Seeking to put God’s love into action, Habitat for Humanity brings people together to build communities and hope.
Habitat partners with people in your community, and all over the world, to help them build or improve a place they can call home. Habitat homeowners build their own homes alongside volunteers, and pay an affordable mortgage. With your support, Habitat homeowners achieve the strength, stability and independence they need to build a better life for themselves and their families. With their 2020 Strategic Plan, Habitat for Humanity will serve more people than ever before through decent and affordable housing.
Habitat now works in all 50 states in the U.S. and in more than 70 countries, and has helped more than 35 million people achieve strength, stability and independence through safe, decent and affordable shelter.
Jonathan Reckford began his journey as chief executive officer of Habitat for Humanity International in 2005. Drawing upon his decades of experience ranging from Wall Street to a local church, Jonathan has led the global nonprofit’s tremendous growth. Through his management, Habitat has grown from serving 125,000 individuals a year to helping more than 7 million people last year tangibly achieve so much through shelter.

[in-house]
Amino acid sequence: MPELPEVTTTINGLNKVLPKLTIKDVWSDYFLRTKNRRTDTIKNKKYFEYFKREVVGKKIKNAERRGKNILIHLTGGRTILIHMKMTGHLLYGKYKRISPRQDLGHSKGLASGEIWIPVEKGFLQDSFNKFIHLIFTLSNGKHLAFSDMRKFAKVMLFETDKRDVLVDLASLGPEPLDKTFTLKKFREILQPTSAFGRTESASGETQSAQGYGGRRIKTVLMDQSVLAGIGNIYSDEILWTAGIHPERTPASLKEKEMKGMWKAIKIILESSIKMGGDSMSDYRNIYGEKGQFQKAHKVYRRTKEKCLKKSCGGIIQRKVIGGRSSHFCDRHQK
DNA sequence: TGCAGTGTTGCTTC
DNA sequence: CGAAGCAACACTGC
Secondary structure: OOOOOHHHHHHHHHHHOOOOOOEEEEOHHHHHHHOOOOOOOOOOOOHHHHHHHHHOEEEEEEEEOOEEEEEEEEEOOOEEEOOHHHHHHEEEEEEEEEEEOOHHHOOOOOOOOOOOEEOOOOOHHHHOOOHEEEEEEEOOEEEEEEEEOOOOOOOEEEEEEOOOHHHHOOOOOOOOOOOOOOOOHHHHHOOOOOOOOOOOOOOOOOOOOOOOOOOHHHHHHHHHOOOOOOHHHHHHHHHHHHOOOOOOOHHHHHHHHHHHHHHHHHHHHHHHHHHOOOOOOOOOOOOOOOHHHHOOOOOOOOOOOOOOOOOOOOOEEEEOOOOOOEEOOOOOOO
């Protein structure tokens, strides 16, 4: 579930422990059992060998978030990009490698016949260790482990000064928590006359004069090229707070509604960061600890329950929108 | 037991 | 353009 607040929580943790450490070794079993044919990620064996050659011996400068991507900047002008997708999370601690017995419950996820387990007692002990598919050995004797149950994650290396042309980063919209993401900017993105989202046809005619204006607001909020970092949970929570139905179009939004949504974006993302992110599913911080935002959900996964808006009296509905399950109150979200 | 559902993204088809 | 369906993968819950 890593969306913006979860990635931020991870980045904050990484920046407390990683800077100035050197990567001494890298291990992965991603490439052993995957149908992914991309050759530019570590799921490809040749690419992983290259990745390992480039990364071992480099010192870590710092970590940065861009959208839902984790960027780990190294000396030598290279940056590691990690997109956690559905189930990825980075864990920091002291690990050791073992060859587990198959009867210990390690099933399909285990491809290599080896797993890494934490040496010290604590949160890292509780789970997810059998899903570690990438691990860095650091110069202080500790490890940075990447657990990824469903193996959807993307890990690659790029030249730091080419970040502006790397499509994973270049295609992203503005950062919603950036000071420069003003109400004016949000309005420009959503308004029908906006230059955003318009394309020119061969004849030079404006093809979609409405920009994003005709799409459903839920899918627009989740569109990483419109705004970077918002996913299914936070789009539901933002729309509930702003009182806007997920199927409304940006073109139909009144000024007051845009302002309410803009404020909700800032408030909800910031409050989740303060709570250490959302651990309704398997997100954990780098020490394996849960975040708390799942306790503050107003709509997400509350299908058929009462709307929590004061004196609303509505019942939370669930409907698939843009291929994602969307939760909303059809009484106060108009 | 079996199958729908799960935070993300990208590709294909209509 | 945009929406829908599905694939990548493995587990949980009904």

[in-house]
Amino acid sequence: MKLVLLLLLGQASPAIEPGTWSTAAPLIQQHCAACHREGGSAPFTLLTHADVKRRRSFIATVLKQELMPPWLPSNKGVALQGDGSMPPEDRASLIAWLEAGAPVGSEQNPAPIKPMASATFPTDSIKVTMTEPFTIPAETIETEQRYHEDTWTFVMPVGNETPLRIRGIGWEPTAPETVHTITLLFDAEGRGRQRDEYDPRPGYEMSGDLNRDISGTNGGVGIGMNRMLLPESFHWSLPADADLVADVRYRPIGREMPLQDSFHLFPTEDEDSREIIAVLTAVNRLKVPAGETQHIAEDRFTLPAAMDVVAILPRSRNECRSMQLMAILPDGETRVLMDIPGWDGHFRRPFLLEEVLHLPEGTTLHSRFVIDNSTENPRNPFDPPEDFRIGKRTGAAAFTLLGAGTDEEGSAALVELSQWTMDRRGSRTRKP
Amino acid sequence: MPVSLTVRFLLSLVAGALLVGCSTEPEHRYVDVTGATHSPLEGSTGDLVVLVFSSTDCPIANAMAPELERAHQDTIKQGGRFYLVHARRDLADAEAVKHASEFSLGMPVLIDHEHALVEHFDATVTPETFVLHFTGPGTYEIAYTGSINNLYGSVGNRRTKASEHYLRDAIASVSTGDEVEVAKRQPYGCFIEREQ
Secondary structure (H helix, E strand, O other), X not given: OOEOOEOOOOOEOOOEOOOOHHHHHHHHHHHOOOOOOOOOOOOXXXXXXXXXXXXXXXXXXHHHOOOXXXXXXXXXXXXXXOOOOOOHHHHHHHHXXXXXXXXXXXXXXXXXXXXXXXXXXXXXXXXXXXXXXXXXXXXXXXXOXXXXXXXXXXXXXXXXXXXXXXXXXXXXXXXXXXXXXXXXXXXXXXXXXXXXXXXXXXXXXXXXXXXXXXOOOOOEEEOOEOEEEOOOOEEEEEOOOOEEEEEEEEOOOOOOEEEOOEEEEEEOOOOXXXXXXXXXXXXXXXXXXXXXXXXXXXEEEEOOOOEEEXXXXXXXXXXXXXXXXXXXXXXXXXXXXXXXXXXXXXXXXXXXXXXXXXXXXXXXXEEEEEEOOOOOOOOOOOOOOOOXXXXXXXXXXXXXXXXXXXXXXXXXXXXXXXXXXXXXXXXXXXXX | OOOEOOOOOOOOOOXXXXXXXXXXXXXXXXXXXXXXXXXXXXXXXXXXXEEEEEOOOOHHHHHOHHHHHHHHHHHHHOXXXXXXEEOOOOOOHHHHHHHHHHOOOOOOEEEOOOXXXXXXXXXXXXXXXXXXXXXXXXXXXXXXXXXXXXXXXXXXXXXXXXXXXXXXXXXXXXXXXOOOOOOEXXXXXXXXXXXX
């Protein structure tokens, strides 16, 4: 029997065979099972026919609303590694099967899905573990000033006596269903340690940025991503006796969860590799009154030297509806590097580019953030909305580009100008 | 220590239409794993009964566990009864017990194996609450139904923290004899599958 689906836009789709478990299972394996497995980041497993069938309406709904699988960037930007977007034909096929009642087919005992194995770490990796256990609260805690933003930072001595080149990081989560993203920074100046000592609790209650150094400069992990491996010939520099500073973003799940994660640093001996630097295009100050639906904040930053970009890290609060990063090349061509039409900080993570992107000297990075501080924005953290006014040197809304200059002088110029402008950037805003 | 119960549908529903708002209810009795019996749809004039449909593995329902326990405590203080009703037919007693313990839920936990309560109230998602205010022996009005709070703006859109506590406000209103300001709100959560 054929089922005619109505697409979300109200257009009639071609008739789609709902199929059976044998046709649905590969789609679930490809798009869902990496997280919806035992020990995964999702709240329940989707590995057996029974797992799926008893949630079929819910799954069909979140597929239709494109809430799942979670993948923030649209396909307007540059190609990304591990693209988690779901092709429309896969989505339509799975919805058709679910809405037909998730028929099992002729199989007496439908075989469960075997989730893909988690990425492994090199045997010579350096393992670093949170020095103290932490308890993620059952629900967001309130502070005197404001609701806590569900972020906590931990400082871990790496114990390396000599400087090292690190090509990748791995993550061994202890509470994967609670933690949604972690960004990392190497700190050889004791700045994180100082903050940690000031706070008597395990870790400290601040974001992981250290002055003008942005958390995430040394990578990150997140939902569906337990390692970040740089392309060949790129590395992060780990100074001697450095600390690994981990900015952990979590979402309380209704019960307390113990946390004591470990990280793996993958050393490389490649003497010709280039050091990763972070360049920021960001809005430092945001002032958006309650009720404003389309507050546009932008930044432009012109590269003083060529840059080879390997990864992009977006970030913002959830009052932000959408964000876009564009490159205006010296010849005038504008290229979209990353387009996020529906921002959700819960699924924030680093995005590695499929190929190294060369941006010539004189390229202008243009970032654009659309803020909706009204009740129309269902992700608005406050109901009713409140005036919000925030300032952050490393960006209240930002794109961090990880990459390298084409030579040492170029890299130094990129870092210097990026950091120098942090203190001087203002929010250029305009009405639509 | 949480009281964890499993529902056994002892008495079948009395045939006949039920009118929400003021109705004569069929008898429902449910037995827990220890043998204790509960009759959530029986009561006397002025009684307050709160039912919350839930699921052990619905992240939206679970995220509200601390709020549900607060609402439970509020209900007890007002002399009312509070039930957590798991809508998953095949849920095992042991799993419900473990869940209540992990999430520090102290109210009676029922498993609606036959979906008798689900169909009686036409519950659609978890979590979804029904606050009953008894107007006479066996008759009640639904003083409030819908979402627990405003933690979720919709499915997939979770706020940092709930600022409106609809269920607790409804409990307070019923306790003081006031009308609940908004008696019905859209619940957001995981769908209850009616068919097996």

Jonathan has been deeply influenced by his parents, who were active in the civil-rights movement, and by his grandmother, U.S. Congresswoman Millicent Fenwick, widely known for her commitment to justice. Jonathan seeks to follow in their footsteps by leading Habitat’s efforts to draw nearer to a world where everyone has a decent place to live.
His path to Habitat was neither immediate nor direct—with stops at Goldman, Sachs; the 1988 Olympic Games in Seoul, South Korea; Marriott; The Walt Disney Company; Musicland; Best Buy; and Christ Presbyterian Church in Edina, Minnesota. Every position prepared him to lead Habitat with a passion for the mission, tireless commitment to the work and bold vision for the future.
Jonathan holds an MBA from Stanford and a Bachelor of Arts degree in political science from the University of North Carolina at Chapel Hill, where he was a Morehead Scholar. In 1986, he was awarded a Henry Luce Fellowship.